I am obsessed with 10,000 steps. Walking has always been my preferred form of exercise. I have no interest in gyms, and will run only if chased, but I can walk for miles and my Fitbit® has allowed walking to become a competitive sport, either with fellow Fitbitters or with myself. Getting to the magic 10,000 is easy enough in the summer, there’s enough light before and after work, the weather is usually cooperative, and there are beautiful places to walk everywhere (see links below). The winter is another story; dark and cold before work, dark and cold after work, icy roads and no sidewalks. Leaping over snowbanks to avoid sliding cars is a competitive sport I’m not much interested in. Fitbitters have to be creative in the winter to get 10,000 steps in.

Woman walking with fitbitMany days I’d go to Hannaford’s and walk up and down the aisles more than I really needed to, starting off for a gallon of milk, trotting back over to produce for a bag of spinach, cruising back to dairy for cheddar cheese by way of three inner aisles, and then winding my way back to the deli via three more aisles. If anyone was watching my progress through the store from the cameras in the office they would have thought I’d lost my mind. I’m surprised nobody offered me an in-store map or a GPS. When shopping, I’d park my card at the far end of parking lots to force myself to get steps in. (It’s always amused to me to watch people circling around and around parking lots looking for the closest parking space). At work, I’d jog up and down the stairs a few extra times when I was going for coffee, and if it got to be later at night and I wasn’t at 10,000 steps, like all good Fitbitters, I’d find ways to get there before midnight; climbing up and down the stairs at home, jogging in place during commercials, and running 20 or 30 tight laps around the living room and kitchen with the cats watching me like I’d gone mad. Ironically, once I hit the magic 10,000 steps it was like someone had pulled a switch. I’d immediately crash in the recliner, a limp rag. Goal reached and I’d be fast forwarding through commercials instead of jogging through them.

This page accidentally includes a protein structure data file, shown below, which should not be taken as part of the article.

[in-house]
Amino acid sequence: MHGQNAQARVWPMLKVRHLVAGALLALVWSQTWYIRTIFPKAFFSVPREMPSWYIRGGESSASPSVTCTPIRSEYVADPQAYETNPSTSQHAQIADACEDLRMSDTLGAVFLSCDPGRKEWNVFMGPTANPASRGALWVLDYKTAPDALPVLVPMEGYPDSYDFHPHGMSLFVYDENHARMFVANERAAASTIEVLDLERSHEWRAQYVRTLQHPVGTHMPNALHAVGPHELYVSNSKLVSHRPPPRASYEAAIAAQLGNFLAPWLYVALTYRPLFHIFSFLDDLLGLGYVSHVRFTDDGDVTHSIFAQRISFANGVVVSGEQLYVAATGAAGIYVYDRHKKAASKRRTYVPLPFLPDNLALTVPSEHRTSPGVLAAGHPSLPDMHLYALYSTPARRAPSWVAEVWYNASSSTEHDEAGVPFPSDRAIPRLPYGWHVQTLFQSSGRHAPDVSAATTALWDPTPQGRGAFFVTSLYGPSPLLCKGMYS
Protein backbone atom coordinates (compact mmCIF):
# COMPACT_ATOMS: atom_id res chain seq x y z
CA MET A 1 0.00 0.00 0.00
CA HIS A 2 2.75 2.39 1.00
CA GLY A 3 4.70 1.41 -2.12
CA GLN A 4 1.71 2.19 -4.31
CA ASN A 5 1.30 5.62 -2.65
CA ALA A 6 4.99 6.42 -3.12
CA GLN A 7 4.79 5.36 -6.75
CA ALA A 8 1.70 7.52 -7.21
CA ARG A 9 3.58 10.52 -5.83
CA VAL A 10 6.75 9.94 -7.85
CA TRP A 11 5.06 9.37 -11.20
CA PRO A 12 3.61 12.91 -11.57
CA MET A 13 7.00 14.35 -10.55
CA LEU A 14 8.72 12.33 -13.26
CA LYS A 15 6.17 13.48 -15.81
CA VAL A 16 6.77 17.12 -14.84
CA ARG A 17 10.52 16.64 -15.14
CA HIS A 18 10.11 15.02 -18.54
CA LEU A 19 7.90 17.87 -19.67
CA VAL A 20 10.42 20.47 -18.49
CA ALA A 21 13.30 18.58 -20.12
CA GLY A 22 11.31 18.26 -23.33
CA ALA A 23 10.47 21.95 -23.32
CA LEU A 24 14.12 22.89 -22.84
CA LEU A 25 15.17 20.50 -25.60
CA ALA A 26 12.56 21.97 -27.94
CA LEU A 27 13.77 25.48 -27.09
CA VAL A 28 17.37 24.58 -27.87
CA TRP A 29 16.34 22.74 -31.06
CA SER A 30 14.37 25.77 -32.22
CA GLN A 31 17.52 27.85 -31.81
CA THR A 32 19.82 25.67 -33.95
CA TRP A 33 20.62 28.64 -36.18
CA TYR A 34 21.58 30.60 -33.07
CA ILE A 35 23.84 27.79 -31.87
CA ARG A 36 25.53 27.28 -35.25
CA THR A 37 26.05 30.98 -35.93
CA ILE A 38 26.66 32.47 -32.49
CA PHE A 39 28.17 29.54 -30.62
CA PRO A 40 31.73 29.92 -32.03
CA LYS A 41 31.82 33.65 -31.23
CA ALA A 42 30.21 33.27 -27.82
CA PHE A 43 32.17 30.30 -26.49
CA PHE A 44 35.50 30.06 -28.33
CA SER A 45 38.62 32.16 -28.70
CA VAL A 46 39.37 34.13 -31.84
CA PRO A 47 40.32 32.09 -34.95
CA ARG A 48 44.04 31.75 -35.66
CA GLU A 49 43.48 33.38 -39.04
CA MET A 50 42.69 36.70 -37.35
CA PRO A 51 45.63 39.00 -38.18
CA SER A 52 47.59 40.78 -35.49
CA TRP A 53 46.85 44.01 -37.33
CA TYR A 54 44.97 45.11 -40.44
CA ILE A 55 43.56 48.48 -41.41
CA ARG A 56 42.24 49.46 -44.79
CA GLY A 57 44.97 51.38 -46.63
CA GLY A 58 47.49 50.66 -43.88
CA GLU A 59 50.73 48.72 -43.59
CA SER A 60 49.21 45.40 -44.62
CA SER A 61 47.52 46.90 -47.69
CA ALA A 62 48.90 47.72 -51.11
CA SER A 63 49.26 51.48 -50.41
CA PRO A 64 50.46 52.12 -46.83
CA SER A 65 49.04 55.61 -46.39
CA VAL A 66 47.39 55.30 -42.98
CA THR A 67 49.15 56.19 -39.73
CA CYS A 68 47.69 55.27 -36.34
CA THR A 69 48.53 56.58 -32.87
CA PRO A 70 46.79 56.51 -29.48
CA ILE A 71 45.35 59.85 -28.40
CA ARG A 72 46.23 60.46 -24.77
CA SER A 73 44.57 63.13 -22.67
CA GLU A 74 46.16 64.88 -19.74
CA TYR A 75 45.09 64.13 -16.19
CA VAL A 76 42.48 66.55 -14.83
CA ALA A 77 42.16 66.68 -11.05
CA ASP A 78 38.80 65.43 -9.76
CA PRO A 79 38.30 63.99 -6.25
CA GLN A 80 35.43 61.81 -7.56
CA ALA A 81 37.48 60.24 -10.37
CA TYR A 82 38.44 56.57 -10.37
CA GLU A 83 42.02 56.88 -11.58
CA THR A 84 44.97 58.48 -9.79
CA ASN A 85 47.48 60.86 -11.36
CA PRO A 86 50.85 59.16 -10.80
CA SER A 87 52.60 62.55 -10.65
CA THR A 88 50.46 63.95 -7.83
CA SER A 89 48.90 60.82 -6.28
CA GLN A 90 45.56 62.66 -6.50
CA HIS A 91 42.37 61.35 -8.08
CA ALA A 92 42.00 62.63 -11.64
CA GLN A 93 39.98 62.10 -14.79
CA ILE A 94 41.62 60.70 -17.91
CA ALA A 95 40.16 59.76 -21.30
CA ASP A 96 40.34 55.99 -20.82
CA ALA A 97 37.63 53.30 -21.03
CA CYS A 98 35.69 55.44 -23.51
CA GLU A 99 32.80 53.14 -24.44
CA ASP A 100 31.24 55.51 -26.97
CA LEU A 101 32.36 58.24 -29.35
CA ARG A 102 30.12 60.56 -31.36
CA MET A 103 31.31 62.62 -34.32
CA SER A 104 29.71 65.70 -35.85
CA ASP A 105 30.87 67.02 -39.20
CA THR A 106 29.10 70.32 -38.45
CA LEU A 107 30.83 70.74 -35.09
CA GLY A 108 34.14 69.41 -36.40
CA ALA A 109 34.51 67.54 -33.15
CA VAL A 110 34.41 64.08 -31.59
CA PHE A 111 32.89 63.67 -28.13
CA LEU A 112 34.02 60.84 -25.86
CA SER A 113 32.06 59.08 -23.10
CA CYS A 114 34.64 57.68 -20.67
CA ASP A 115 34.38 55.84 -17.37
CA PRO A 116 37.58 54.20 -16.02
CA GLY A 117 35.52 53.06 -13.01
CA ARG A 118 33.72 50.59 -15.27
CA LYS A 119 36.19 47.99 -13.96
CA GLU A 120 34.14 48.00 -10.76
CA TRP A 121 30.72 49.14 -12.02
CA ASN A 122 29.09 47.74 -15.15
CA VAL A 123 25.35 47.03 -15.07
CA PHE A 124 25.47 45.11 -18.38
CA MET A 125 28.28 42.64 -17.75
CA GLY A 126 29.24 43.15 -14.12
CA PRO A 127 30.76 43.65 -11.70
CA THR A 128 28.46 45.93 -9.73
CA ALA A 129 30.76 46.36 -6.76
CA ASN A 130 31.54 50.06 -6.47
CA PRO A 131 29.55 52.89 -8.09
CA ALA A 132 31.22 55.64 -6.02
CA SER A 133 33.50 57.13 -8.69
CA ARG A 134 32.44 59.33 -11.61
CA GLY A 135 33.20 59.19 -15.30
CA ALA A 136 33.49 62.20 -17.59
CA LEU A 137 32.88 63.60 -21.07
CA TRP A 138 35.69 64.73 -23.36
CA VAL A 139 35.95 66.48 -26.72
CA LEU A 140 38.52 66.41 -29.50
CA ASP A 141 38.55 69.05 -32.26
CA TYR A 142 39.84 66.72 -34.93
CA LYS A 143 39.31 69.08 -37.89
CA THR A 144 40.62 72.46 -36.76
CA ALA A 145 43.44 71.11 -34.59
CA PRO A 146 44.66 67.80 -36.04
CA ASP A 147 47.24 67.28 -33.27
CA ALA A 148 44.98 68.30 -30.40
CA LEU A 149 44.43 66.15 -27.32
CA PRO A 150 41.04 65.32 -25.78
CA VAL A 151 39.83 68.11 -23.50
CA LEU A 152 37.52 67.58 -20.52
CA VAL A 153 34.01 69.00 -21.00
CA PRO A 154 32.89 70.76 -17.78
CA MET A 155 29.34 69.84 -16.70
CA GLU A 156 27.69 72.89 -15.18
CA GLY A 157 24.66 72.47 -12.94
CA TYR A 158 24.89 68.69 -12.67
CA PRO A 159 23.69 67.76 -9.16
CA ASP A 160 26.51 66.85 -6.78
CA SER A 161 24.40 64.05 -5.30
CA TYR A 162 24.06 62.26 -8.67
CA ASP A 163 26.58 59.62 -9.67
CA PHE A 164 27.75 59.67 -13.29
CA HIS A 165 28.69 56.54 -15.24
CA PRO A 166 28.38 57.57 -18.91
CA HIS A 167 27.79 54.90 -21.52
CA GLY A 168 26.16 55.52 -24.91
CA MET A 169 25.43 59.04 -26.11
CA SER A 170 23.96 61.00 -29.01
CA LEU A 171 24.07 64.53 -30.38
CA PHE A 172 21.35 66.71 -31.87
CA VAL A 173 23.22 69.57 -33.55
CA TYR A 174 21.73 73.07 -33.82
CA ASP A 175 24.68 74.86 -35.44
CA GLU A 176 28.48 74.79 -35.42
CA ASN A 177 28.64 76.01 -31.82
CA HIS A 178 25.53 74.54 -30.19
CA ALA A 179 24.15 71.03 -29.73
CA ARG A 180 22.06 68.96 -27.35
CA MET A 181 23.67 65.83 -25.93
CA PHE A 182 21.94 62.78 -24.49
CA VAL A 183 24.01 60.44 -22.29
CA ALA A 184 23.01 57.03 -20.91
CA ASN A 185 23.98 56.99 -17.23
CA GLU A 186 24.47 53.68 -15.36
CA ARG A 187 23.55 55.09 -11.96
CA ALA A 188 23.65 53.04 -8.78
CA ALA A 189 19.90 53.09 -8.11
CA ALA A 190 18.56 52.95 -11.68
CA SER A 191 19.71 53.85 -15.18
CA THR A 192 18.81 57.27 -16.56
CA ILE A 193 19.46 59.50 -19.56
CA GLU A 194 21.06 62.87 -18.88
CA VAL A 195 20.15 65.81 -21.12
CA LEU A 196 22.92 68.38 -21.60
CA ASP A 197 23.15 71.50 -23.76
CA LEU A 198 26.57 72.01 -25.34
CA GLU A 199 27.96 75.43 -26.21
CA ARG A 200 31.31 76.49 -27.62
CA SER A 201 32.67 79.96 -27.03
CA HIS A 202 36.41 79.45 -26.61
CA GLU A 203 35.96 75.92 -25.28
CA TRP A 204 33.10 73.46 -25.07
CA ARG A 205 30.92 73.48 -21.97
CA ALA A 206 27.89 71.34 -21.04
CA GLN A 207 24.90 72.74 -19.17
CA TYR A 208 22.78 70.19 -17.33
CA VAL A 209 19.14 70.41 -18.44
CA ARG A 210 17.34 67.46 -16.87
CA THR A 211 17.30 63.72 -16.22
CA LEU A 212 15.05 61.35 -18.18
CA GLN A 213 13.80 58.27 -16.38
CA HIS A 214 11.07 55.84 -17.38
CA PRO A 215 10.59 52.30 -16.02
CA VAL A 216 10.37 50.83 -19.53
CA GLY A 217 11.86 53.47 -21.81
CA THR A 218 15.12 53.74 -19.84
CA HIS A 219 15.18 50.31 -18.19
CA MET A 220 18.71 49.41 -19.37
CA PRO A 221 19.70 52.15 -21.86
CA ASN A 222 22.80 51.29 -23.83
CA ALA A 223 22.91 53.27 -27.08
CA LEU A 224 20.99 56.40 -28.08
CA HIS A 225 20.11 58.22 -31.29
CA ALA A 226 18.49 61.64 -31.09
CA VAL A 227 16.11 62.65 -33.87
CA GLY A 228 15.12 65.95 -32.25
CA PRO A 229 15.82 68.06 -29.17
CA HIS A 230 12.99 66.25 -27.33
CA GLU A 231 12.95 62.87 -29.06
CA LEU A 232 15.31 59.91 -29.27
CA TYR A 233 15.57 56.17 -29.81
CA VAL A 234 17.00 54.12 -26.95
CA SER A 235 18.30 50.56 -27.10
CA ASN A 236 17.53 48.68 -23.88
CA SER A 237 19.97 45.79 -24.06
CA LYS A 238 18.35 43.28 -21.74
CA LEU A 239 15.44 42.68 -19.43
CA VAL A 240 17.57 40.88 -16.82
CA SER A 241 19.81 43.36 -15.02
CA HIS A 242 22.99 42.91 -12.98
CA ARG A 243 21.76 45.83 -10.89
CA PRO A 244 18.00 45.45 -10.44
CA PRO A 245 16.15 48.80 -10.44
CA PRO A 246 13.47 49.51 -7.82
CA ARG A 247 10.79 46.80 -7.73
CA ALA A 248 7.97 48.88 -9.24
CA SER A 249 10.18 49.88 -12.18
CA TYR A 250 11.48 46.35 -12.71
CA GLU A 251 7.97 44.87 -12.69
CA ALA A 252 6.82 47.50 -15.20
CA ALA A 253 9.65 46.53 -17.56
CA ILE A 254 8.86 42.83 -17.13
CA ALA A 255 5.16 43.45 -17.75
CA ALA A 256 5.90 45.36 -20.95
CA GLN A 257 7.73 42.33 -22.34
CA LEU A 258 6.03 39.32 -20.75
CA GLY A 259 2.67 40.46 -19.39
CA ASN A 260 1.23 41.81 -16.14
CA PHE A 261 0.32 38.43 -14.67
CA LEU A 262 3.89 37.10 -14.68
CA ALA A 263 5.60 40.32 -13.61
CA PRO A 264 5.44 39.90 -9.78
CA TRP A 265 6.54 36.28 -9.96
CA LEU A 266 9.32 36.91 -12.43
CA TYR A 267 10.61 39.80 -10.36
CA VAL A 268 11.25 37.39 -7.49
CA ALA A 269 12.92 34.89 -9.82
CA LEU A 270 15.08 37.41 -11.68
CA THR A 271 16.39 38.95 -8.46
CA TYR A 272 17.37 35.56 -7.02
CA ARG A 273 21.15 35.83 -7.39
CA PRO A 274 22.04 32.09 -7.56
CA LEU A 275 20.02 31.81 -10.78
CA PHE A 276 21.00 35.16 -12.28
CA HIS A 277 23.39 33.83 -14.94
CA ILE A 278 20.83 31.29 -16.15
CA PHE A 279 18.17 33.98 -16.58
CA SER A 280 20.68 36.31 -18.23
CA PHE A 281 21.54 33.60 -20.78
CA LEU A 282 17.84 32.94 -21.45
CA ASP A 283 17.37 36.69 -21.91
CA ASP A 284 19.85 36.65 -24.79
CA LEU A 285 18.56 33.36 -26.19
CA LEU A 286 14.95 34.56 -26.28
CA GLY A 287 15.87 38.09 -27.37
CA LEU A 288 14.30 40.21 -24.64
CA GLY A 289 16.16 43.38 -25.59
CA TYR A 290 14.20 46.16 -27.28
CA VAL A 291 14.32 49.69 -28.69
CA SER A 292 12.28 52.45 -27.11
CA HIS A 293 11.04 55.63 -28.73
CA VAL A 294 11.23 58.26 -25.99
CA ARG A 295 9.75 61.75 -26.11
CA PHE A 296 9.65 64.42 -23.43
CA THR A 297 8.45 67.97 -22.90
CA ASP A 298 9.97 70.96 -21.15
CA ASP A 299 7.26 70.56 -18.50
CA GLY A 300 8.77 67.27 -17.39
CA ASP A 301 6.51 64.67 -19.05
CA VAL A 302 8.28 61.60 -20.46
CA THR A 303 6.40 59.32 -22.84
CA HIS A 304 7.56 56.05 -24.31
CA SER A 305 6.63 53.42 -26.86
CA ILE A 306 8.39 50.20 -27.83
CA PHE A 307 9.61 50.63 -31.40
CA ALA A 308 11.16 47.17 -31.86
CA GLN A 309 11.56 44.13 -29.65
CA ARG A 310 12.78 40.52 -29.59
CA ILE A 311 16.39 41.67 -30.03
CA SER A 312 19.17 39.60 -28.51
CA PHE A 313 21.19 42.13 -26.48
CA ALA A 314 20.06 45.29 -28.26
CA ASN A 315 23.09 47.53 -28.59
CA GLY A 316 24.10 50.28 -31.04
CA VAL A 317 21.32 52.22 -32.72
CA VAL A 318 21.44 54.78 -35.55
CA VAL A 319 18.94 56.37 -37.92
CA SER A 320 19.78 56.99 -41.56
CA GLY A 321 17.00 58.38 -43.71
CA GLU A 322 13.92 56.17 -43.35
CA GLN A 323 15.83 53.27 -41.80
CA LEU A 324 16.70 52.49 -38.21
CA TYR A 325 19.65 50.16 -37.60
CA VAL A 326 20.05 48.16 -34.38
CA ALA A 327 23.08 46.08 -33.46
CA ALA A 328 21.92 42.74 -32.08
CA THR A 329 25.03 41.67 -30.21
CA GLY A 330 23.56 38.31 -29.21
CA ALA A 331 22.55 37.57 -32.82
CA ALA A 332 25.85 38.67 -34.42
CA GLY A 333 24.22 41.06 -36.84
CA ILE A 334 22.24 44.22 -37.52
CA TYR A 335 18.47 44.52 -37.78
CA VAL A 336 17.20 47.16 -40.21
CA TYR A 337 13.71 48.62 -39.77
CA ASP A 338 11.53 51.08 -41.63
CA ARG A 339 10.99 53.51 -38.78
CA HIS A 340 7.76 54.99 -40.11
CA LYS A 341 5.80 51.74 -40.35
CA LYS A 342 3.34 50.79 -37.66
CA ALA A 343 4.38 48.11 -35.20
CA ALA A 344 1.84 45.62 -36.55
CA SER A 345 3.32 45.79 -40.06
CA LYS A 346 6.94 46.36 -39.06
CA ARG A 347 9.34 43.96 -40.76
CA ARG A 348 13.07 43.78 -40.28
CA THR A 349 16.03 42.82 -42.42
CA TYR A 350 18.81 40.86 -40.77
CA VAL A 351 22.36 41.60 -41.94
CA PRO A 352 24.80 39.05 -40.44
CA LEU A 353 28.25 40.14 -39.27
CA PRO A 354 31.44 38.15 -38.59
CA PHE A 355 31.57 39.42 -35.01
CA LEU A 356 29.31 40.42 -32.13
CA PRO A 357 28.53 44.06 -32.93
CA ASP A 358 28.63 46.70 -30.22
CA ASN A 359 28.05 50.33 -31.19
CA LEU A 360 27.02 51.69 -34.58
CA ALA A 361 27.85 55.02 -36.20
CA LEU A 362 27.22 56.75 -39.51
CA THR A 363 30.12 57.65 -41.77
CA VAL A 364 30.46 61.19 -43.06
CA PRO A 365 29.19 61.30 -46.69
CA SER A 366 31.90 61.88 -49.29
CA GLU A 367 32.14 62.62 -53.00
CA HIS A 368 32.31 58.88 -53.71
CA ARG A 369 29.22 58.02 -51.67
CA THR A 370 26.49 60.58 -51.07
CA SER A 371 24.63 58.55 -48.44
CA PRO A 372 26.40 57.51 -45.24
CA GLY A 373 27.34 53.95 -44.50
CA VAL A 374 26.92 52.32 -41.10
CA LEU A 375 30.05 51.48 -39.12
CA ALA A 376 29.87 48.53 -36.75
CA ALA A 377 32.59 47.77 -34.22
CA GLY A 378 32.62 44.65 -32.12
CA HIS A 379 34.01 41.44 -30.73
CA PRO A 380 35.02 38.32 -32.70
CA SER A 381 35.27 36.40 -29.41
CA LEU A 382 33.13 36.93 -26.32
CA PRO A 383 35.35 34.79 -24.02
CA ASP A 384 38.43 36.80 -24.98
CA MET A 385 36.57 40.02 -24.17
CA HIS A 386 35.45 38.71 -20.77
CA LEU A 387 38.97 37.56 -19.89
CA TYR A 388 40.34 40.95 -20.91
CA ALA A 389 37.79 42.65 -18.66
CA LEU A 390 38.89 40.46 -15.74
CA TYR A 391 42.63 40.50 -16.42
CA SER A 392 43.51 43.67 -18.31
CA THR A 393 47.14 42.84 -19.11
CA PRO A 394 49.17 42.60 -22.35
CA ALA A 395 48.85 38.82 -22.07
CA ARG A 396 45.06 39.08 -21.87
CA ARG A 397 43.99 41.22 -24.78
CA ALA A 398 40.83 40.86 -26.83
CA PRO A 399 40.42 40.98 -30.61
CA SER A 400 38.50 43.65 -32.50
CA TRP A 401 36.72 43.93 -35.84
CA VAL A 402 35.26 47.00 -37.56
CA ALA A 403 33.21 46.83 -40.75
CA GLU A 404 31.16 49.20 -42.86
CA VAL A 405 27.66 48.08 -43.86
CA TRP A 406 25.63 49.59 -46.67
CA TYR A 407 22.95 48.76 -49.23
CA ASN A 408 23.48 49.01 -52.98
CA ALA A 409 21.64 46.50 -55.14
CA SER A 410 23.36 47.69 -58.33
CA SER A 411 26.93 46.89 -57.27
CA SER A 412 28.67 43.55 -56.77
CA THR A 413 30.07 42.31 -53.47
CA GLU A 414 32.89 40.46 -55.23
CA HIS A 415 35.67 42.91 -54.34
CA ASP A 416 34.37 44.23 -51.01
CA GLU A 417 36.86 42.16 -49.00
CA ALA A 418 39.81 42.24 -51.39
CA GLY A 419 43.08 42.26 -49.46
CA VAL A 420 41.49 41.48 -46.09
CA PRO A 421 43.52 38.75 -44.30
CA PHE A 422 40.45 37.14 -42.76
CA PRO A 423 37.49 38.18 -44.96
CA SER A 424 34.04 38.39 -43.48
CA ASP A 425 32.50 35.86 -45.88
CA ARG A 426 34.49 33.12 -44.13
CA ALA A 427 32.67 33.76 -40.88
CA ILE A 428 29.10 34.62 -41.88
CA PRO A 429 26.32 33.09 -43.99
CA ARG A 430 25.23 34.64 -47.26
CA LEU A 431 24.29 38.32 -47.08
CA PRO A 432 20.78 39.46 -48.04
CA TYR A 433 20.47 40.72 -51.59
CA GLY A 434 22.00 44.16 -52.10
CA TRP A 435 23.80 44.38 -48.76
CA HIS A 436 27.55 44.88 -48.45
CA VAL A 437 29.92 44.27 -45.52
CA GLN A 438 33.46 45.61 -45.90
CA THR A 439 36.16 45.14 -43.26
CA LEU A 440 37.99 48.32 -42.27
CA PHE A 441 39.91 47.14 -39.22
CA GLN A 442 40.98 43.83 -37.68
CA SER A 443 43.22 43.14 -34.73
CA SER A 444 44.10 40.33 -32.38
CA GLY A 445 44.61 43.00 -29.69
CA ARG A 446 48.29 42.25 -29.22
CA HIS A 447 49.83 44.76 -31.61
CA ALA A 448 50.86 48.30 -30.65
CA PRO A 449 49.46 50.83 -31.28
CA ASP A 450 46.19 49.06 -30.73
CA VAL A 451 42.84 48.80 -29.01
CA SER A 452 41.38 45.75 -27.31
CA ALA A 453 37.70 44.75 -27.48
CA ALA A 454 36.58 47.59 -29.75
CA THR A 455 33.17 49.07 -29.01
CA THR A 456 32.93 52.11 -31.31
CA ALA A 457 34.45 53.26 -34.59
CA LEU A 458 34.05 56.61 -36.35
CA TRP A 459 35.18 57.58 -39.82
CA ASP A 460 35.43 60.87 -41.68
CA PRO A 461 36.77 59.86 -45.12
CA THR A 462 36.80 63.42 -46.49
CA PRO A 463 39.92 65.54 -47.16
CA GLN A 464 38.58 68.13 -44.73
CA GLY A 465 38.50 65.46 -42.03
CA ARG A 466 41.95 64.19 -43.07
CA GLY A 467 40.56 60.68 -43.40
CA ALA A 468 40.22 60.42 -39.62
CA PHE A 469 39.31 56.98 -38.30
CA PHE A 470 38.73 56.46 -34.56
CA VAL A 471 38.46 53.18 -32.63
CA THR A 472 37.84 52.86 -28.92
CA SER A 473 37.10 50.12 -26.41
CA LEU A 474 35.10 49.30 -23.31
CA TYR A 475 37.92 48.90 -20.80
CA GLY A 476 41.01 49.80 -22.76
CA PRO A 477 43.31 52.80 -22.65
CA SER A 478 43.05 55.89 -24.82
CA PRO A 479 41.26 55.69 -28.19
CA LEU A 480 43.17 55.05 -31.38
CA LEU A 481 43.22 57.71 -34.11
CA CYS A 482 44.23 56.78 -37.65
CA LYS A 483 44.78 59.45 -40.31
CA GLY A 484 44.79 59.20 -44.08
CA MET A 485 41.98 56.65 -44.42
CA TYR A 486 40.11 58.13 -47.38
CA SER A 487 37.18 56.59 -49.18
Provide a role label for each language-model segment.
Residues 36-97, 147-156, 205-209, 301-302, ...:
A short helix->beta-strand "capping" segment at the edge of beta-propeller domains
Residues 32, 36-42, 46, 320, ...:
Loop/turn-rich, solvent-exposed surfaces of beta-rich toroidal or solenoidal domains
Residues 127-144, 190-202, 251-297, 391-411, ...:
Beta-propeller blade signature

The other side of the obsession is when you walk and your steps don’t get recorded. More than once I’ve gotten to work and discovered I’d forgotten my Fitbit® at home. As all Fitbitters know, this now means that any further walking doesn’t count and there really isn’t any sense in making the extra effort. Plod from point A to point B in as few steps as possible, go for that parking spot closest to the door. There have also been a few times when my Fitbit® inexplicably just doesn’t want to work. One winter day I checked my steps – 8,163. I decided to drive to Walmart, intent on getting my steps in. I spent 20 minutes cruising through the aisles at top speed and got home eager to sync up with the computer, quite sure I had wildly exceeded 10,000 steps. I tapped on my wristband – still 8,163 steps. I could have cried. I don’t know what glitch occurred but after restarting it I just couldn’t find the energy to recreate the missing 1,837 steps. I was done. Recently I walked my favorite five-mile loop and got home to sync up, full of self-righteous vigor. Nothing. Not one step recorded. Battery dead. For two days, I was sub 5,000 steps and in too much of a funk to care.

My newest Fitbit® has the cattle prod feature which I like. If you haven’t walked 250 steps in an hour you get a mild electric buzz in the wrist. I guess they’re trying to encourage us to keep moving through the day and not end up insanely dashing around the house in pajamas at 11:55pm. A great idea but it can be a little disconcerting, especially in the middle of a meeting. Obsessed I may be, but I haven’t yet hopped up and started running laps around the meeting room. I have to say that my Fitbit® has added a whole new dimension to walking. I’ve noticed in my less obsessive moments that on a normal day I walk around 6,000 steps; I have to make a real effort to get to 10,000. Most of the time I do make that effort, the celebratory buzzing from my Fitbit® when I hit 10,000 steps is a satisfying way to end the day. Would I make the effort as often if I wasn’t being judged by a small electronic gizmo on my wrist? I really don’t think I would and judging by the number of people I see wearing the famous black wristband, I’m not alone.


For great ideas on places to walk check out the following links:





Comments are closed.

Written by Dawn Beers

Dawn Beers

Dawn heads up our marketing department where she is responsible for the general oversight and management of the Bank’s marketing and public relations initiatives. This involves managing the planning, organizing and directing of our advertising, public relations, product development, sales promotion and research efforts.

View Profile